Whatever wind I felt in the morning was nothing compared to the speed it was blowing now. I wanted to illustrate the wind but realized that was not such an easy thing to do in an urban environment. We are all used to the images of huge crashing waves on a beach or palm trees half bent over in Florida but in Hoboken there was nothing like that. I walked past a veteran’s memorial that had flags being torn to shreds. Finally I had something to show the force of the wind. It was now clearly too dangerous to be outside so home I went.
On the way I saw a large tree that had fallen across First Street crushing a car. I couldn’t help thinking this was not going to end well tonight.
About 7:45pm, shortly after finishing transmitting my last set of pictures I lost power. I looked outside only to see a raging river flowing under my second floor window. I have lived in Hoboken, a city notoriously prone to flooding, for over seven years and been through many floods but nothing came close to this. Water rose to a level of 4-5 feet in what seemed like seconds.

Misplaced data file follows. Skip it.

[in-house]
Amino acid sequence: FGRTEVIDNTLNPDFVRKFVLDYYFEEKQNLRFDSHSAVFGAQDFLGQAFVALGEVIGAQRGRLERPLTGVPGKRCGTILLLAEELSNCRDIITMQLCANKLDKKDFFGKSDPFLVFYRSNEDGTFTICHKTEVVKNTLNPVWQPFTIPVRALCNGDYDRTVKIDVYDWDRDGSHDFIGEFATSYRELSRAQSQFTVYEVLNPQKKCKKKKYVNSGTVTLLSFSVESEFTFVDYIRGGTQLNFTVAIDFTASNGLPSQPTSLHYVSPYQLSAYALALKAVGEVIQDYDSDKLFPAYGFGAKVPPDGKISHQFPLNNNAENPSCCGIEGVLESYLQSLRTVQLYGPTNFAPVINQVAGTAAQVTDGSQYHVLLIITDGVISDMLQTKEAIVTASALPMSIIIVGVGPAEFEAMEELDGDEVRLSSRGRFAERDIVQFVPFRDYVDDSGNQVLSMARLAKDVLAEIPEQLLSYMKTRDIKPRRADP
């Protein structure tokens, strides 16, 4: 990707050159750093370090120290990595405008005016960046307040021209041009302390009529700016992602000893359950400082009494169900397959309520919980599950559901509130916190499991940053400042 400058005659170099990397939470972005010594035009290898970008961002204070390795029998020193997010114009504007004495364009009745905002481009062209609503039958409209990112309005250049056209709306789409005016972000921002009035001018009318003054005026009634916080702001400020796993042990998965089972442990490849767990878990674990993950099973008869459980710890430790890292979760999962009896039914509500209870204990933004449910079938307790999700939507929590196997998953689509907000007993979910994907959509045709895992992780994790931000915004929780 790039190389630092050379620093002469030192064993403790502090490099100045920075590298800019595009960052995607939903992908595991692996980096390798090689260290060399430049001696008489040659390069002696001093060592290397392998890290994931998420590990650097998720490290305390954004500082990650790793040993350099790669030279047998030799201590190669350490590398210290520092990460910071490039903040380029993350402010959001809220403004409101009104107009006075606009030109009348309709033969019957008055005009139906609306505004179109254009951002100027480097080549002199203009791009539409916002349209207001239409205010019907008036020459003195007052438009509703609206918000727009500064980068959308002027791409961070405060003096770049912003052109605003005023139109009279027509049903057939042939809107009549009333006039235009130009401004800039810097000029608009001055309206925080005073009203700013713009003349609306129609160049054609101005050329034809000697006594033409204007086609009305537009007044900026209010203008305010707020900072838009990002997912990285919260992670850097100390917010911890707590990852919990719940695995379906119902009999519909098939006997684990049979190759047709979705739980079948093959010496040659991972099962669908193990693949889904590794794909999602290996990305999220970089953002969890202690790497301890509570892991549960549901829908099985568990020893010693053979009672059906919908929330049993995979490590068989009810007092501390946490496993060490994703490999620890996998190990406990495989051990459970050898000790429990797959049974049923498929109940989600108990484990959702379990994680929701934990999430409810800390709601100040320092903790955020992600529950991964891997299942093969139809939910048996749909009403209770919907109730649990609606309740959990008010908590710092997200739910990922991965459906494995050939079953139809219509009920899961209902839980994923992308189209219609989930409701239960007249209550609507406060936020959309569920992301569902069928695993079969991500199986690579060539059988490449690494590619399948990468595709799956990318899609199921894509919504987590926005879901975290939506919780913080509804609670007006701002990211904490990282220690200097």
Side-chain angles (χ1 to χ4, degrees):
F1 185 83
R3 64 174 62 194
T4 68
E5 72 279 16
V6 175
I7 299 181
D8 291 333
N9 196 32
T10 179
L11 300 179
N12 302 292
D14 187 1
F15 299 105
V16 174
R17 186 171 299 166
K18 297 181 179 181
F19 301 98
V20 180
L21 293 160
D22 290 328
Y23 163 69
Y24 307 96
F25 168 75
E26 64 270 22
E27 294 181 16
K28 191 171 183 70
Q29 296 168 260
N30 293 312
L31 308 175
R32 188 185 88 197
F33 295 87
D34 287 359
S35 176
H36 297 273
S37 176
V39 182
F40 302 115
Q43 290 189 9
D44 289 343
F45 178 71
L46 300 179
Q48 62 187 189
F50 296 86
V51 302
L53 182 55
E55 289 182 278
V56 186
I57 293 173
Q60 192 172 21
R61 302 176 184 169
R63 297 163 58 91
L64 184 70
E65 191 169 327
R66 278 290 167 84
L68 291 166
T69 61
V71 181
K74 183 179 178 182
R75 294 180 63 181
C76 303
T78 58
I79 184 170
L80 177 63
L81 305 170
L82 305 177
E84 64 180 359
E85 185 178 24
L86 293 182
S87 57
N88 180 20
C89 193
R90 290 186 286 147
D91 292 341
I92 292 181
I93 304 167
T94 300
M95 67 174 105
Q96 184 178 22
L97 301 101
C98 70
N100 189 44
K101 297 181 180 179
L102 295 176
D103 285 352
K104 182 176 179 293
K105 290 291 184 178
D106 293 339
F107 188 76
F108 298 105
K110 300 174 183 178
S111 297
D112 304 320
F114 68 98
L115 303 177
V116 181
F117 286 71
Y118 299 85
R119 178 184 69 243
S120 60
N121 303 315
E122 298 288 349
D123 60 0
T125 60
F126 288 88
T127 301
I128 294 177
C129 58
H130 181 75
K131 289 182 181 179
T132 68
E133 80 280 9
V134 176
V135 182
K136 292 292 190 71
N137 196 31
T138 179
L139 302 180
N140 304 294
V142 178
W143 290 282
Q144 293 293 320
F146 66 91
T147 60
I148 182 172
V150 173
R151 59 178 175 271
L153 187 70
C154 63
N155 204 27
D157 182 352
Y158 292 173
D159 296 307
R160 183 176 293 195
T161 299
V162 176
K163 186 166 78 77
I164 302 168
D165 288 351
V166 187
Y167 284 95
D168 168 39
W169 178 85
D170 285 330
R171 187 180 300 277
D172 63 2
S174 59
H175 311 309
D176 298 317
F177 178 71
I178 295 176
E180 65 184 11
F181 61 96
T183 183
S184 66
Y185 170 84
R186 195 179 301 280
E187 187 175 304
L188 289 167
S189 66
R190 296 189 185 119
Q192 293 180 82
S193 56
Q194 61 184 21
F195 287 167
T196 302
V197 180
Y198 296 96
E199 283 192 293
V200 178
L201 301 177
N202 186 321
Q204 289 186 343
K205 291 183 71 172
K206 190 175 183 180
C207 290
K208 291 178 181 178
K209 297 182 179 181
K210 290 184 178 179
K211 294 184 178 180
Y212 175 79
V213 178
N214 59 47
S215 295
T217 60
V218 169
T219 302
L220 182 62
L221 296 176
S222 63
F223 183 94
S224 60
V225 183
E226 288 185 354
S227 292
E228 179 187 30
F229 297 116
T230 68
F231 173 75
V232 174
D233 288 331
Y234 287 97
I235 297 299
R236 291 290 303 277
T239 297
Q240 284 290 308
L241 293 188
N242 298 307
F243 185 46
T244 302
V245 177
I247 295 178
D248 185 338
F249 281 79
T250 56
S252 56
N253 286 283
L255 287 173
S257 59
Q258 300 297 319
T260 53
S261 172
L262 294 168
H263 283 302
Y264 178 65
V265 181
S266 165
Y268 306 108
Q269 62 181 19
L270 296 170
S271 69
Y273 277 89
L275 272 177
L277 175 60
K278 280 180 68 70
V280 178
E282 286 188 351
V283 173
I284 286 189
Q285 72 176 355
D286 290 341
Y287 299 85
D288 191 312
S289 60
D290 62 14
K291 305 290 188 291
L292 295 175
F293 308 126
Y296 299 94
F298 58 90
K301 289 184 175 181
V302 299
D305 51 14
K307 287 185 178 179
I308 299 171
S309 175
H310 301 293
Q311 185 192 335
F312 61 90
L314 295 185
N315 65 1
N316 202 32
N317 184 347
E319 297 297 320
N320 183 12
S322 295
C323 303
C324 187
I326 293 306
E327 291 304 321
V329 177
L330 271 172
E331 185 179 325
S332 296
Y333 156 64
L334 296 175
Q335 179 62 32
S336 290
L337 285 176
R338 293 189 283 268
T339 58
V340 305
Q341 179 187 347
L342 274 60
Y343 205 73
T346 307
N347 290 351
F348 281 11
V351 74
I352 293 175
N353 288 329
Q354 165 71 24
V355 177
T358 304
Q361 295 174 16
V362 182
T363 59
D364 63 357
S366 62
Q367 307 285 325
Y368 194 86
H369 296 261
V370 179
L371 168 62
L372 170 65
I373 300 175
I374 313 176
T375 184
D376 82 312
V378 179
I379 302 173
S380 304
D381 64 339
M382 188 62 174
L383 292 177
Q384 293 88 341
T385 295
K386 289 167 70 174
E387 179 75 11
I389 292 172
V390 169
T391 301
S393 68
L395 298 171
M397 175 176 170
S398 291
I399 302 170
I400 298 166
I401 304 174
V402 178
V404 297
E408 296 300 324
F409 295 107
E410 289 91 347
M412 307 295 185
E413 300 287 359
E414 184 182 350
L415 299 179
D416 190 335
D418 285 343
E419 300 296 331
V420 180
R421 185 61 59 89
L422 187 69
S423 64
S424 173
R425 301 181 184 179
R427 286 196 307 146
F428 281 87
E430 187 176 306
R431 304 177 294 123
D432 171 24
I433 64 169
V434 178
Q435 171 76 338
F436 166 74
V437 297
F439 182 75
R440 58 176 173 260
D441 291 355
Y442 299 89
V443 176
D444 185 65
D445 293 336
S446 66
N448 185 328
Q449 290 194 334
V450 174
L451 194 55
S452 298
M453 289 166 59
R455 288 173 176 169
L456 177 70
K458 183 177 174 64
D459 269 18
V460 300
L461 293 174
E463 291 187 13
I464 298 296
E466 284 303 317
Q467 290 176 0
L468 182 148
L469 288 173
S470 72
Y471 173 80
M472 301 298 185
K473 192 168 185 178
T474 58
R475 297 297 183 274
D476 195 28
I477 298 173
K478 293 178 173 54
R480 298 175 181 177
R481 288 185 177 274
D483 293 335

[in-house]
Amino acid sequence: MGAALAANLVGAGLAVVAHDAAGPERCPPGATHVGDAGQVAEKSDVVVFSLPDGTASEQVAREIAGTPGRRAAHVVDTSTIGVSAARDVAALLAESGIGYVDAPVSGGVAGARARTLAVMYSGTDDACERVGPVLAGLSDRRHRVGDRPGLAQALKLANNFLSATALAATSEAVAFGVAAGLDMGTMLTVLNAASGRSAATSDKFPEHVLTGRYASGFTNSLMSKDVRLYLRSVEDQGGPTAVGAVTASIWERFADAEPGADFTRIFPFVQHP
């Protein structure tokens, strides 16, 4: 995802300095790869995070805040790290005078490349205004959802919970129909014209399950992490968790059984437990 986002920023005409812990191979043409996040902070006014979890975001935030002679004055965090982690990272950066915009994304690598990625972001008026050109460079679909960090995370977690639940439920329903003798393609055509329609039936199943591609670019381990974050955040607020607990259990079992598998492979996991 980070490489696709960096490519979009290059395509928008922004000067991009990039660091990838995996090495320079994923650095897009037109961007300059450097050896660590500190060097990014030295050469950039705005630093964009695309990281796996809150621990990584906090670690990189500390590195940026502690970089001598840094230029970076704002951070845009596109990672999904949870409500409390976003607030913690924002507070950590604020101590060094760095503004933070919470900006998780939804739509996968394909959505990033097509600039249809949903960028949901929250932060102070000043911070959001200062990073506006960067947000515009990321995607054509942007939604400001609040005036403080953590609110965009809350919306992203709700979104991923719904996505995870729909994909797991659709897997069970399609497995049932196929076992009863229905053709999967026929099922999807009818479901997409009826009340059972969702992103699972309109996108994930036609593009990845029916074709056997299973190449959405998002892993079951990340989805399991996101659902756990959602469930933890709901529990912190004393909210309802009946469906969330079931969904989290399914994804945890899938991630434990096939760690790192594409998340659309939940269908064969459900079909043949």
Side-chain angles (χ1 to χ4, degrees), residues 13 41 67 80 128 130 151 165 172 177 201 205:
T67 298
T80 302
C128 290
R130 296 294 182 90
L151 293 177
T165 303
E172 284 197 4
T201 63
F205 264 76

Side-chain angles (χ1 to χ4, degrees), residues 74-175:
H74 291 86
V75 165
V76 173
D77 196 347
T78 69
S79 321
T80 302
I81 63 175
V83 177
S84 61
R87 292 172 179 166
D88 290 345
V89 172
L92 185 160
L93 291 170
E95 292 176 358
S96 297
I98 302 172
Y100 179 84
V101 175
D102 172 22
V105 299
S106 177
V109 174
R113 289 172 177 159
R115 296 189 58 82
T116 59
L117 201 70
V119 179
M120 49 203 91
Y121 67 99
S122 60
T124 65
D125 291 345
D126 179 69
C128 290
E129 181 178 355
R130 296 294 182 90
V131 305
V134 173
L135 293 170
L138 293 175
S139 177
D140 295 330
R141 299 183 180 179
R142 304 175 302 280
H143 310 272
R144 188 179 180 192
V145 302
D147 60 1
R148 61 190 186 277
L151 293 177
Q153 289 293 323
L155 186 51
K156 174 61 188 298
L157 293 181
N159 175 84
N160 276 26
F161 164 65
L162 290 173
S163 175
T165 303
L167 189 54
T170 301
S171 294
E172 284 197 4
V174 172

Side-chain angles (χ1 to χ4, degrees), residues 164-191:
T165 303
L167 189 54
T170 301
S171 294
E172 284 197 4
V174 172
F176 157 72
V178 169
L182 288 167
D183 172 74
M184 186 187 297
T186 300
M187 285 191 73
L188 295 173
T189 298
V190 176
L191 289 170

I set up a camera on a tripod in my window and spent the next few hours photographing the water rising. I used a BMW car unfortunately left in the street as a gauge for the depth of the water. When the water came up to the hood of the car I knew this was going to be the worst Hoboken had ever seen. With no power I was forced to transfer the pictures to my iPad and use its data connection to email photos to our editing desk.
It was now time to get some sleep since I thought I would have to work a long day the next day covering the flood.
I woke up about 6:30 and before getting out of bed I just laid there wondering what I was going to see when I looked out the window. I was hoping to see a water level low enough to go out and work in, but remembered the night before listening to the radio describing how water never leaves as fast as it comes.
When was the last time you relied solely on radio to get all your information? It was amazing to listen to the radio for hours; the reporting was fantastic but weird that I, a visuals person who is used to watching an event play out live on TV, had absolutely no visuals of what was going on beyond what I saw out my front window.